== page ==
For many older adults, barriers to accessing private healthcare in non-pandemic times are also present in the recall. For example, many seniors prefer to come in by phone for injections, walk-ins or appointments, even as pharmacies increasingly move to online-only scheduling, which requires customers to navigate through a multi-layered system. Some seniors also lack readily available transportation, which can sometimes be a huge hurdle in rural areas, where medical clinics can be 20 to 30 miles apart.
“People are less likely to get vaccinated if they have to ride two buses or miss work or care for their family,” Smetanka said.
Dr. Latasha Perkins, a family physician in Washington, D.C., said she struggled to convince her family in Mississippi to get vaccinated. Her grandmother agreed to get her first shot in the fall, just as the CDC approved boosters for all adults.
“We finally got to a place where we asked people to be vaccinated twice, and then we were like, ‘Oh, by the way, you need a third,'” Perkins said. “It shocked a lot of the community. They were like, ‘You convinced me to join, and now you say two knocks on the door are not enough. « »
While national leadership is important, local relationships can be stronger, Perkins said. Perkins teaches about vaccines in his church. The congregation is more likely to believe her medical advice because she is a tithing member they see every Sunday, she said.
According to a KHN analysis of CDC data, Dakota County, Minnesota has a higher percentage of the population 65 and older who are vaccinated than any other county in the United States with at least 50,000 seniors.
Dakota County epidemiologist and public health director Christine Lees said her department hired an agency to provide reminders to residents and staff at nursing homes and assisted living facilities. The health department has vaccination clinics at noon and some evenings to accommodate workers.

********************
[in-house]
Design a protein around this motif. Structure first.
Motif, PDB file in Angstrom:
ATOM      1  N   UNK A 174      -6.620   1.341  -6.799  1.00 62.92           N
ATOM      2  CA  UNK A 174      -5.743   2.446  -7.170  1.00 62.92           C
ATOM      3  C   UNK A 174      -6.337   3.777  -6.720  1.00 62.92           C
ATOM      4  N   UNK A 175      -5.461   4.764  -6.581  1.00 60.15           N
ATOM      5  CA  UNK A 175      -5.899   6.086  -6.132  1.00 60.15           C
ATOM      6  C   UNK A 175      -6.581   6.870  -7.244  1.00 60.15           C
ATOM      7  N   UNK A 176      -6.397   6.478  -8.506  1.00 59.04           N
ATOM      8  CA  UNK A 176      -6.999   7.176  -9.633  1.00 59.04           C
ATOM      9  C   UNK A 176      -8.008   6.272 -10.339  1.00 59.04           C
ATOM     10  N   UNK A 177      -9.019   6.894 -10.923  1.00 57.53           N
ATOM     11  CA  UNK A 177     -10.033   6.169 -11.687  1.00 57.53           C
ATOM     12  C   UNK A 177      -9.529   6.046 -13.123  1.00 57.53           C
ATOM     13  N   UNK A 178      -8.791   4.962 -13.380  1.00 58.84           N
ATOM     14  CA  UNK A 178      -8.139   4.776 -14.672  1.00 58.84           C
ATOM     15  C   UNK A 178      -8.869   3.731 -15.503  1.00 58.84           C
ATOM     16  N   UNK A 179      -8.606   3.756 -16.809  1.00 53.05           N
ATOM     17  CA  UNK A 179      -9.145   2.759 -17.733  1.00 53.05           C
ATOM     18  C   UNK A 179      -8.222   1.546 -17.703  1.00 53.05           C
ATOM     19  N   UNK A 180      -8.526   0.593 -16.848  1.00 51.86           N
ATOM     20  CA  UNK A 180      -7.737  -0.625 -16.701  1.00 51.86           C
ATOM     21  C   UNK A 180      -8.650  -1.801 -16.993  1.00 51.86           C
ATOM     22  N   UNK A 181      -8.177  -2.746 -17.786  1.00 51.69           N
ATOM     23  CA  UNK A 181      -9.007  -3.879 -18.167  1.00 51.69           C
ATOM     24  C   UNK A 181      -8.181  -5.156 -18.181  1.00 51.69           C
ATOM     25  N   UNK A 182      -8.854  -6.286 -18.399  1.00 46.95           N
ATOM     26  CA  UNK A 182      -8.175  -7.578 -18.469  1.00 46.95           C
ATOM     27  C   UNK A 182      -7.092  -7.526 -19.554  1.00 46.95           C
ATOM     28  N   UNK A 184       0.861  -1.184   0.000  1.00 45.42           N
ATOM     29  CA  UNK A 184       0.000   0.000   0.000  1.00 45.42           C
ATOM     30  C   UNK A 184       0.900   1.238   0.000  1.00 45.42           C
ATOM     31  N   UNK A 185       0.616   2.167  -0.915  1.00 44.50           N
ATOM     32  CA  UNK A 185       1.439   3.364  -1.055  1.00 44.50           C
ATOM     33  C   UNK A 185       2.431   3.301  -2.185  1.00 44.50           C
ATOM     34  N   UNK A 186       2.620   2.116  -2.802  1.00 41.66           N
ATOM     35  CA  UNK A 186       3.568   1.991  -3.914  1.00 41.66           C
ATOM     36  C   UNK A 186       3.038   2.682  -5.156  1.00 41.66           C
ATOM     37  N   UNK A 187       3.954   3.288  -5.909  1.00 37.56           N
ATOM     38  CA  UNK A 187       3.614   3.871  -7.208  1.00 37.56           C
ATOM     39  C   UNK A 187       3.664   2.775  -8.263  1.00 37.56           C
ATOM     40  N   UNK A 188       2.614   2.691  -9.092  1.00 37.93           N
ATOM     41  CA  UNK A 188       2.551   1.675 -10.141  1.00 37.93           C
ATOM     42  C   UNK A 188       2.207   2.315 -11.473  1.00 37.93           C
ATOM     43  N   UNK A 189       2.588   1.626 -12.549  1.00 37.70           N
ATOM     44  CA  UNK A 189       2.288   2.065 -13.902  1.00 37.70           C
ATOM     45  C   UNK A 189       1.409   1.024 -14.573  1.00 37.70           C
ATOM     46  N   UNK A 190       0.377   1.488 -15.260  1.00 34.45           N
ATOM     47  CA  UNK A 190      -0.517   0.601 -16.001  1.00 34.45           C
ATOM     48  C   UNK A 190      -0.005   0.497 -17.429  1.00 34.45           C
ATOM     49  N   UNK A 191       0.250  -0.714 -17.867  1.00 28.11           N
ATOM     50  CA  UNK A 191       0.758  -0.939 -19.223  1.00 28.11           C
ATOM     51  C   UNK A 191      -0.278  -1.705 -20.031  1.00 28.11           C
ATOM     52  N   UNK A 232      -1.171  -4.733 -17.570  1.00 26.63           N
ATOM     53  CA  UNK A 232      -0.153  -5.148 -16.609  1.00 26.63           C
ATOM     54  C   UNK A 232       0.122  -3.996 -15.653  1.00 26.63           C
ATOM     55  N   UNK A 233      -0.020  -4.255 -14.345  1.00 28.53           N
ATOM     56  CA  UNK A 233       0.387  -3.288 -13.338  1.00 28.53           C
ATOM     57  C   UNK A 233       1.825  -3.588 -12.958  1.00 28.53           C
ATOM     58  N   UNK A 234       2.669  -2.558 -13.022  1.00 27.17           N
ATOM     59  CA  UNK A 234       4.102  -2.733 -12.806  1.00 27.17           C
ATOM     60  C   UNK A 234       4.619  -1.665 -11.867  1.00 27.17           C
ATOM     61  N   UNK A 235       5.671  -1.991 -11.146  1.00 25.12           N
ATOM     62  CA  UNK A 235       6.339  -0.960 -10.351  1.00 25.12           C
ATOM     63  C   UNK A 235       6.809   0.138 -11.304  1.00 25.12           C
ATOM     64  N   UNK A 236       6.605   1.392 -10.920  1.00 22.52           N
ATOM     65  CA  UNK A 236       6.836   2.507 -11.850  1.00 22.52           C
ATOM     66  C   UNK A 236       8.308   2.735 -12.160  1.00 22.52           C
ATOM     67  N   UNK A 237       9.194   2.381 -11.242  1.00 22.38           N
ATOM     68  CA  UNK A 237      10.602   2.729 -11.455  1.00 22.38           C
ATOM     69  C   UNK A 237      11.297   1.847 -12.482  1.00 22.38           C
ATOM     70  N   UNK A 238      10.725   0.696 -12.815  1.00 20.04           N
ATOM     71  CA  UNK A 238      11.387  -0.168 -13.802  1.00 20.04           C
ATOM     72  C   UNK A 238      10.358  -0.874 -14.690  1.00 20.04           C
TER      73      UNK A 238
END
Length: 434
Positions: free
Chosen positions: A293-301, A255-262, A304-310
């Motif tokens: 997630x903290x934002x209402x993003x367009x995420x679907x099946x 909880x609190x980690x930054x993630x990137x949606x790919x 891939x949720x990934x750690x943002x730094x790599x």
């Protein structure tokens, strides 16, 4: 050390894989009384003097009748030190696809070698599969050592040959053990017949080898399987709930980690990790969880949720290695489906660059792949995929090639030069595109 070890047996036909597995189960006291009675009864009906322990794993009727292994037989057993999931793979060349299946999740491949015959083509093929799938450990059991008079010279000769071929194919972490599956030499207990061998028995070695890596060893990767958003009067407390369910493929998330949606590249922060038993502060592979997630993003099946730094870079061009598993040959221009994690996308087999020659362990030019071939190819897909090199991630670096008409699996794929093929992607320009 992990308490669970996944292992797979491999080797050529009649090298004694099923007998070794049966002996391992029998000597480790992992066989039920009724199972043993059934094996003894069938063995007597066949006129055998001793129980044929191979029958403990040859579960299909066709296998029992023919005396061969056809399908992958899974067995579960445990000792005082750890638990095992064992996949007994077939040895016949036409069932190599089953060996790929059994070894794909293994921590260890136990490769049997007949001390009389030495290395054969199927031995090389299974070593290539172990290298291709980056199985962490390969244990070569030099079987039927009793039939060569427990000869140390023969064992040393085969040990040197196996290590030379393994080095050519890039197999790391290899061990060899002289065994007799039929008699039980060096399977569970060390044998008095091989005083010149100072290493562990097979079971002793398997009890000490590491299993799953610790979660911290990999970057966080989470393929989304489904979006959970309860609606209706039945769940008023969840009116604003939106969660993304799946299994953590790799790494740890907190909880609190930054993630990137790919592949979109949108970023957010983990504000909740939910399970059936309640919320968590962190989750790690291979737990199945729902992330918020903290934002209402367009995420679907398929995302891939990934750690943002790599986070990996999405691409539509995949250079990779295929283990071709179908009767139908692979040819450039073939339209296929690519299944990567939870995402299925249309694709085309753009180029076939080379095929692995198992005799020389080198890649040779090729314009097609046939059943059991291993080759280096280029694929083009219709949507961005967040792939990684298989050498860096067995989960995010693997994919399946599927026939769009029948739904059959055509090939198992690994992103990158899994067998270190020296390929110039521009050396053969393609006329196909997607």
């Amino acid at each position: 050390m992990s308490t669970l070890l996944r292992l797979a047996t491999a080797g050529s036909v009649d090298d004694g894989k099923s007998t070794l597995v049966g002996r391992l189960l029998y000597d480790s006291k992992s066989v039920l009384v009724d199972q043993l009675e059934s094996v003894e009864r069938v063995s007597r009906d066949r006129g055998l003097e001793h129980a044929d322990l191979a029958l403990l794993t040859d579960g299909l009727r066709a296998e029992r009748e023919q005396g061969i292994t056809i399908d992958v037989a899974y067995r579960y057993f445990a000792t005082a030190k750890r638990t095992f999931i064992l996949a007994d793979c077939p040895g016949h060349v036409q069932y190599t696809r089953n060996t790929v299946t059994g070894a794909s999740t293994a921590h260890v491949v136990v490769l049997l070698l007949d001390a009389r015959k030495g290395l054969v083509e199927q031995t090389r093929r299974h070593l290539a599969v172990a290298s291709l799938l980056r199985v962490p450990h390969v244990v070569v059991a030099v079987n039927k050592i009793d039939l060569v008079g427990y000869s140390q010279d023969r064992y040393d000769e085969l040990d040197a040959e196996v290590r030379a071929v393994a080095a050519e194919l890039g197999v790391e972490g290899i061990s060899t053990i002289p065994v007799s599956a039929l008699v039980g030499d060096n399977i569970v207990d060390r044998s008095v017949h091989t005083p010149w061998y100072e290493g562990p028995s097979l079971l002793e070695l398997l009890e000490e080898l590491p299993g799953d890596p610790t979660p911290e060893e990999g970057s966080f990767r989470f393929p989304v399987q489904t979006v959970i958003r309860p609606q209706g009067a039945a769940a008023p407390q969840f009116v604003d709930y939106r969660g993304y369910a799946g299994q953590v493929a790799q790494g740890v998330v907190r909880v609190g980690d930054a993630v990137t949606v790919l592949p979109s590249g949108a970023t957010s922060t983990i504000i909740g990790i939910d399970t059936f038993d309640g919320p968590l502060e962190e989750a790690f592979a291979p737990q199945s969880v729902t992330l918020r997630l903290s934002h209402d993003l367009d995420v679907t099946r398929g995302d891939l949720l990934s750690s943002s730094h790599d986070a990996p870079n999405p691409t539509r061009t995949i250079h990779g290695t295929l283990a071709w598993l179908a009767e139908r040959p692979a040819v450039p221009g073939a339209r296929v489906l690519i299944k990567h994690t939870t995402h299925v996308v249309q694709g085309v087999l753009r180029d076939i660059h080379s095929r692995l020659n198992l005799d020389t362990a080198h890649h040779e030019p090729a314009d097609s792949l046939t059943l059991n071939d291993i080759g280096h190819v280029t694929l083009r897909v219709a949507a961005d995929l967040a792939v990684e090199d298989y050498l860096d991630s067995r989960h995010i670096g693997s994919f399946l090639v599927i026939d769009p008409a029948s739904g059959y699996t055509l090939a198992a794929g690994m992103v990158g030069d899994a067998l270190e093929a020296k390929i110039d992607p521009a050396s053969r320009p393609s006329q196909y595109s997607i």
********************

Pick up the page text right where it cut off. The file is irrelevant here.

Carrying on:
The department used funds from the federal Coronavirus Aid, Relief, and Economic Security Act, or CARES, to purchase a mobile vaccination clinic to bring boosters to communities and parks in mobile homes. “We played last summer and we did it again,” Leith said. “We went to food shelters and libraries. We went out at least once a week to keep those numbers high. »
Community health workers have paved the way for vaccination clinics by visiting residents ahead of time and answering questions, Leith said.
Dakota County is also using funds from the American Rescue Program Act to offer $50 incentives to those who receive early and booster shots, Leith said. These incentives “are very important for people who may have to pay a little extra to get to the vaccination site,” Lith said.
Scripps’ Poplar said it wasn’t too late for federal leaders to see what worked — not what didn’t — and revive stimulus.
“It’s going to be difficult to reopen now. But it certainly shows an aggressive and comprehensive senior campaign — whatever the cost,” Topol said. “These people are sitting ducks. »
Philip Rees, assistant professor of journalism at California State University, Sacramento, contributed to this report.
KHN (Kaiser Health News) is a national newsroom that provides in-depth coverage of health issues. Along with policy analysis and polling, KHN is one of the three main operating programs of the KFF (Kaiser Family Foundation). KFC is a donating non-profit organization that provides information to the state on health issues.